Stage 1

The grievance will be discussed between the employee and his/her employer.

Stage 2

Failing a resolution of the issue, the matter will be referred by the employee to a representative of the Irish Stablestaff Association. The representative will contact the employer with a view to endeavouring to achieve a resolution.

Stage 3

The matter will be referred to the “Internal Referral Committee” established under this agreement, which will investigate the issue and issue a decision within seven working days.

Stage 4

Should the matter remain unresolved, it will be referred to the Labour Relations Commission for conciliation or for a hearing by a Rights Commissioner, whichever is appropriate. If still unresolved, it will be referred to the Labour Court for a formal investigation.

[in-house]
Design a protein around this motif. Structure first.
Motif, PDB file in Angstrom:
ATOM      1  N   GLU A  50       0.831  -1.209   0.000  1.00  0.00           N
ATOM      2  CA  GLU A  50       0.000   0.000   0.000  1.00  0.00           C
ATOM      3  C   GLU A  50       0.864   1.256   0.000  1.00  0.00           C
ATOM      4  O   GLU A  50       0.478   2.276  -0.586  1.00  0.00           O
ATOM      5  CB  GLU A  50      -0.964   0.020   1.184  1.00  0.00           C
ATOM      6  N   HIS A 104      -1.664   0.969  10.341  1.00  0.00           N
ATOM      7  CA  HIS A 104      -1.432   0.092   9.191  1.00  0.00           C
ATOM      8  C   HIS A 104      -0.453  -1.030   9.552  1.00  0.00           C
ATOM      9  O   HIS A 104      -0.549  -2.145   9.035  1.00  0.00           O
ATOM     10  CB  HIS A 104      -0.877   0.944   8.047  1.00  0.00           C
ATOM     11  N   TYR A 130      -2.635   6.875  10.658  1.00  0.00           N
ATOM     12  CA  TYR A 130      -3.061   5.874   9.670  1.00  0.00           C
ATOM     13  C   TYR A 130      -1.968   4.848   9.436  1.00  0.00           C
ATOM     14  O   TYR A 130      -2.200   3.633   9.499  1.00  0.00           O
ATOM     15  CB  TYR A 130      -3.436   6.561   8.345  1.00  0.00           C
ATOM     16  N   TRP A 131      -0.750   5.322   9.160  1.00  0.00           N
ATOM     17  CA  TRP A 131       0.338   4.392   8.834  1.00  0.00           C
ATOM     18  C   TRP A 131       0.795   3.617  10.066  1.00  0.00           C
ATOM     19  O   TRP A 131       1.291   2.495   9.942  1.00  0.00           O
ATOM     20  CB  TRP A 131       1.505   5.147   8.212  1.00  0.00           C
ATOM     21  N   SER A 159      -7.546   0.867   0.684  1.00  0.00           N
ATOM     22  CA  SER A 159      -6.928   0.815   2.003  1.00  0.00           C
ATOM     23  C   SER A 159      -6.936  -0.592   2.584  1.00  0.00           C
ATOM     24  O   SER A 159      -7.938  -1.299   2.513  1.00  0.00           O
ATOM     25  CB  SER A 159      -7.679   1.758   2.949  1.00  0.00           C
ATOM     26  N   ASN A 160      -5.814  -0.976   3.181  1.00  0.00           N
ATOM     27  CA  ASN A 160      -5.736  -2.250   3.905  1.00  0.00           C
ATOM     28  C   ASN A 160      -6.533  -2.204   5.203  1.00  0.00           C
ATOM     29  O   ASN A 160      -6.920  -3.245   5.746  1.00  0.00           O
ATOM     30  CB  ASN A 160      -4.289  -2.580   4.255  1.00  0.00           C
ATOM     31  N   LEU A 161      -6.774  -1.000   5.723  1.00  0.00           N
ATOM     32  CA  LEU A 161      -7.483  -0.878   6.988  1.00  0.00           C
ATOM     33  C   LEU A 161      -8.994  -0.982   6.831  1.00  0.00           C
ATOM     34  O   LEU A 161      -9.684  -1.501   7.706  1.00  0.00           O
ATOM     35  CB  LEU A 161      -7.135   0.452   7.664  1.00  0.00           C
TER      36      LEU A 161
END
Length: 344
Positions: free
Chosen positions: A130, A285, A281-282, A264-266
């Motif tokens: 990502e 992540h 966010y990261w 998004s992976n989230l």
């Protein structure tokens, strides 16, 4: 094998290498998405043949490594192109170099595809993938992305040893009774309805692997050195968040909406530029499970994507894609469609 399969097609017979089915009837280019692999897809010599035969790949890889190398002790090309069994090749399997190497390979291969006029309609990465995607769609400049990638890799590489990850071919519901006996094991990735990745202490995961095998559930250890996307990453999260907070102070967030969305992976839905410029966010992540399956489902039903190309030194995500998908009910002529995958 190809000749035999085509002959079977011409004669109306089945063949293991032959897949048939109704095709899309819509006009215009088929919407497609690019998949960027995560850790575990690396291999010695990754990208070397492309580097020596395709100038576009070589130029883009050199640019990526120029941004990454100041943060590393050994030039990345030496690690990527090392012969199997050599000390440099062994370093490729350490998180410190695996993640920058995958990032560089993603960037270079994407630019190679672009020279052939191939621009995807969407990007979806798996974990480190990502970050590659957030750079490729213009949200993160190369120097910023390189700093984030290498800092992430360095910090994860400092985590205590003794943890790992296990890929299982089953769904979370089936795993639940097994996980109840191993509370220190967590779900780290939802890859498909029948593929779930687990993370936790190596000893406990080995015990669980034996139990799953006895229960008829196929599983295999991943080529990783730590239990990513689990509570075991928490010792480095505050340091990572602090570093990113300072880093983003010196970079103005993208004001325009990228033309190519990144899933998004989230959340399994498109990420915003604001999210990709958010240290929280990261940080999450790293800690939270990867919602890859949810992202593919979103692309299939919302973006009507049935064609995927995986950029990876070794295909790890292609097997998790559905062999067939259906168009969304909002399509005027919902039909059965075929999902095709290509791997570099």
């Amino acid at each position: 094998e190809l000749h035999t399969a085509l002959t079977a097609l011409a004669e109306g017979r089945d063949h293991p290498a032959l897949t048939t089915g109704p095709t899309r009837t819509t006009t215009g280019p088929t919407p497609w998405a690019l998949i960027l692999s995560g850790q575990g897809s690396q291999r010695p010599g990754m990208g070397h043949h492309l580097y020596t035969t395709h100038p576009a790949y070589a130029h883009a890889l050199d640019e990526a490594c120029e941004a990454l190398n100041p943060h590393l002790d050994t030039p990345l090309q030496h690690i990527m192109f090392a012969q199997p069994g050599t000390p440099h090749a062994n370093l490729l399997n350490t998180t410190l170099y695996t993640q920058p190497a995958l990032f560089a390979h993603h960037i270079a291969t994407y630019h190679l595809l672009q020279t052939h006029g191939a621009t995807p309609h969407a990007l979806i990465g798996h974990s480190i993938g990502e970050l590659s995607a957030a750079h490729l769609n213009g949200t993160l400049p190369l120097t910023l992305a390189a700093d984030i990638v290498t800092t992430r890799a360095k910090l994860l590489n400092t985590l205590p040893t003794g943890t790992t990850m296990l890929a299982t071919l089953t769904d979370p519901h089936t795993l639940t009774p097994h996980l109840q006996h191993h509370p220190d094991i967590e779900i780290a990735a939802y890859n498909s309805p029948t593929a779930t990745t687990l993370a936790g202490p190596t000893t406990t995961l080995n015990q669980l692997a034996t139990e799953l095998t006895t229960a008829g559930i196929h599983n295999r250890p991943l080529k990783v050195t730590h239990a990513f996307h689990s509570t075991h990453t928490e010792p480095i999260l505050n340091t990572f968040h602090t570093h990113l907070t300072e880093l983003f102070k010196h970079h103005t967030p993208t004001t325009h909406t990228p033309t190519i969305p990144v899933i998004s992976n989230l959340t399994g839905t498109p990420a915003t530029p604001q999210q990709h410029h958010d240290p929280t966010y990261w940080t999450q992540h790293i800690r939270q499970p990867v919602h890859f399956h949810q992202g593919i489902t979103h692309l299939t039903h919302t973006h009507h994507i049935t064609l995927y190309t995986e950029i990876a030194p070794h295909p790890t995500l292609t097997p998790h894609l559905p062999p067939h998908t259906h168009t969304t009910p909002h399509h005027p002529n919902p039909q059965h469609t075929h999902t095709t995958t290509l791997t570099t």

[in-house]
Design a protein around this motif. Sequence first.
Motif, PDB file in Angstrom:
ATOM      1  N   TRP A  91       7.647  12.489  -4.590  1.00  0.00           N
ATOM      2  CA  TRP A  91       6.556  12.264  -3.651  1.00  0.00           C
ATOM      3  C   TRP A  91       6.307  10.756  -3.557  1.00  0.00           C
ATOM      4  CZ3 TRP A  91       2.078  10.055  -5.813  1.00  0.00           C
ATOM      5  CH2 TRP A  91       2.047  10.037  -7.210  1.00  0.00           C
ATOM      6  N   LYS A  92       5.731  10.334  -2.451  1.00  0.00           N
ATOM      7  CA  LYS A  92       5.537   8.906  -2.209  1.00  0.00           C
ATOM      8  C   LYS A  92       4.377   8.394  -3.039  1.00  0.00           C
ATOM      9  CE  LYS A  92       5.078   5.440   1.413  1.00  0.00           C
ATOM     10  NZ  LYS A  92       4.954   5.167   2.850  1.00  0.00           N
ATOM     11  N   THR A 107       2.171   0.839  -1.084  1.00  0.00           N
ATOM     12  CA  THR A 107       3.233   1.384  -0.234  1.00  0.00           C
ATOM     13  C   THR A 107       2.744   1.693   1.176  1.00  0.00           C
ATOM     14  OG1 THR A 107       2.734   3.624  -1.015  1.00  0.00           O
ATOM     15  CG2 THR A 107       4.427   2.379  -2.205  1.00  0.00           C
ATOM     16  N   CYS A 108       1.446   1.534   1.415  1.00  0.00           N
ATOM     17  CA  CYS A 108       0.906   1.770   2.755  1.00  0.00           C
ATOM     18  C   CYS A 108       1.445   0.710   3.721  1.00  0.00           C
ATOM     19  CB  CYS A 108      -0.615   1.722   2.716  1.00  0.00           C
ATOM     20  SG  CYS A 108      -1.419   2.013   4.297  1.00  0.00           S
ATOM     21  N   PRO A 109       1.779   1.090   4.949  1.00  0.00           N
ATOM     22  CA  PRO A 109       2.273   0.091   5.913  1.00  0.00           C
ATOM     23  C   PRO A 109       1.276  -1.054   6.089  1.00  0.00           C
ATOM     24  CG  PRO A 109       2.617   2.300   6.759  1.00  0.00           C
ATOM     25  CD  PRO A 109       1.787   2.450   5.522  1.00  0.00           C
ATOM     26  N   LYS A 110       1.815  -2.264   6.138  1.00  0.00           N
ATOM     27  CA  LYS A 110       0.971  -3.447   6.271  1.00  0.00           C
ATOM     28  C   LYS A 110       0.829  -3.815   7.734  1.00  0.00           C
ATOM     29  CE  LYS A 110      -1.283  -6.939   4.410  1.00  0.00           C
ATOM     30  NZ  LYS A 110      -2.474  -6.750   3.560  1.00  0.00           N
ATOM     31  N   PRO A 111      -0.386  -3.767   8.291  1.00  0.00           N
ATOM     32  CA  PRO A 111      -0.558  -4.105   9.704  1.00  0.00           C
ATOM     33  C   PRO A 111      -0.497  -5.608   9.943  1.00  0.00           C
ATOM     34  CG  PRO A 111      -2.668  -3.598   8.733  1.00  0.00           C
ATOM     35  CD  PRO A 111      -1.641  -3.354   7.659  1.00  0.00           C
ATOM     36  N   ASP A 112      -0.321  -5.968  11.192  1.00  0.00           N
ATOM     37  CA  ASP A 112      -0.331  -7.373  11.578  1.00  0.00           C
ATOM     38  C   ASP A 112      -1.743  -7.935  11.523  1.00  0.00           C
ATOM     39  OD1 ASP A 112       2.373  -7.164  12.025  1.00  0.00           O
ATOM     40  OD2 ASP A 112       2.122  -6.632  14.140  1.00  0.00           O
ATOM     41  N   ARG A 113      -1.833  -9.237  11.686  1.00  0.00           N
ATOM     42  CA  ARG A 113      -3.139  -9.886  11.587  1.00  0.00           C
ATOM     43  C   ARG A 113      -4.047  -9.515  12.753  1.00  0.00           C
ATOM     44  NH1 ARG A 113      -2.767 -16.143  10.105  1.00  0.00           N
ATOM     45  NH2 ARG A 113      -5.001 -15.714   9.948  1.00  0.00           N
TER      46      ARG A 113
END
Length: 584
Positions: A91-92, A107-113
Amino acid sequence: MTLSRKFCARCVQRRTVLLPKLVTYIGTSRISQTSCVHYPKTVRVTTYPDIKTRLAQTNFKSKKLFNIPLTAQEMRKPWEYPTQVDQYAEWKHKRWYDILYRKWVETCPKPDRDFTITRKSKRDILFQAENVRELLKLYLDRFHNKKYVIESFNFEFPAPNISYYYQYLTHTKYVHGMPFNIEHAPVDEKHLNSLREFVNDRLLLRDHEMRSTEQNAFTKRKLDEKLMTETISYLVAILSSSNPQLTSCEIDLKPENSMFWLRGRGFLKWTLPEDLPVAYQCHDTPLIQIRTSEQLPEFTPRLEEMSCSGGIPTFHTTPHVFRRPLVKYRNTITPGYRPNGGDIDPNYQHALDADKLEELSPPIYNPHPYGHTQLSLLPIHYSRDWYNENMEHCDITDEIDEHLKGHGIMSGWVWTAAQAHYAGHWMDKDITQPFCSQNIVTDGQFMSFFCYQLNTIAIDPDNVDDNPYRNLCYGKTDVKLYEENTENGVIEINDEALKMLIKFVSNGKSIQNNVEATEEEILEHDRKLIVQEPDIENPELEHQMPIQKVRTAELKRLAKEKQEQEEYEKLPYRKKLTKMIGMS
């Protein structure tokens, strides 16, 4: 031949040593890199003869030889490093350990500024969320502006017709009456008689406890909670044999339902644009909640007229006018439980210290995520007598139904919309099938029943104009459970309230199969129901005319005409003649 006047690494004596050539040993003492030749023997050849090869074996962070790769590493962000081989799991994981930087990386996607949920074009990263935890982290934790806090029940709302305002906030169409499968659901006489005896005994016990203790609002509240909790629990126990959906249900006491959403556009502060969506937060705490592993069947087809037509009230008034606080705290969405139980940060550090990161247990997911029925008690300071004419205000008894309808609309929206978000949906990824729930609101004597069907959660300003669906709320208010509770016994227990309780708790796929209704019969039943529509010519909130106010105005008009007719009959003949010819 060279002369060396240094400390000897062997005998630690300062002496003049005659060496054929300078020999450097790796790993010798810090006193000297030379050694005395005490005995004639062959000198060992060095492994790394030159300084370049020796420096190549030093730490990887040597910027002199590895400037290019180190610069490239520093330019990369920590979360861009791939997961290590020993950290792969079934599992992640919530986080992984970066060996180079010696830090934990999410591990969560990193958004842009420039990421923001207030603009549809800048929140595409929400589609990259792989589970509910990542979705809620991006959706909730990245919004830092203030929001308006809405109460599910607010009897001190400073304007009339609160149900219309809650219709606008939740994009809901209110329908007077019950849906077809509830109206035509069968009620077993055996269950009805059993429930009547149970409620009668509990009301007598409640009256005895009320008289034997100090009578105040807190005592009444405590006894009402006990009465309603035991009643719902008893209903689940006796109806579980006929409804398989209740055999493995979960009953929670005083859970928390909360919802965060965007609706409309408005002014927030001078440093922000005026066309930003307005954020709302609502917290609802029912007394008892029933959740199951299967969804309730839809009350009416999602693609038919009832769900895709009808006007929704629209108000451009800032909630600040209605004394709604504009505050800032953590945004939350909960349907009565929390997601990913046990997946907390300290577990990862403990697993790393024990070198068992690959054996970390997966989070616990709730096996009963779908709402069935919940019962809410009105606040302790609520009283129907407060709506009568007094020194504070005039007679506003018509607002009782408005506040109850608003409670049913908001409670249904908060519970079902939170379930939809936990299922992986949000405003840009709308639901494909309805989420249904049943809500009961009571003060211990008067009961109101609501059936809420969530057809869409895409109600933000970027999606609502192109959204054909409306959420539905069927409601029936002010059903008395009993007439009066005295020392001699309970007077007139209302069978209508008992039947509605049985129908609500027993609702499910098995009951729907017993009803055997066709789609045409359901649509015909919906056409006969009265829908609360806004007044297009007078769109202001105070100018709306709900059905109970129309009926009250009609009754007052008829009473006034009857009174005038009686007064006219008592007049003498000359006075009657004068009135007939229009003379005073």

During the period in which the above procedure is being followed no form of action will be taken by either party in the form of strike, lockout, walkout, sit-in, go-slow, or any form of industrial action designed to bring pressure to bear on either the employee or the employer.

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Every employee has the right to carry out his/her wo

Section 10 - Bullying & Harassment

rk free from any form of bullying/harassment.

What is Bullying / Harassment

Bullying and harassment is defined as:

“Unwanted or repeated aggression or behaviour/actions of a physical, psychological or verbal nature which unfairly discriminates, humiliates, embarrasses or intimidates an employee or results in an employee feeling threatened, offended or compromised in anyway.”

Sexual Harassment is defined as:

“Unwelcome sexual advances, requests for sexual favours, other verbal or physical conduct of a sexual nature, which results in the individual feeling threatened or compromised in any way.”

Sexual harassment should not be confused with simple friendly behaviour or with more intimate exchanges, if these are mutually desired and accepted. The difference between friendly behaviour and sexual harassment is that sexual harassment is neither solicited nor accepted by the recipient. It is simply unwelcome and/or imposed.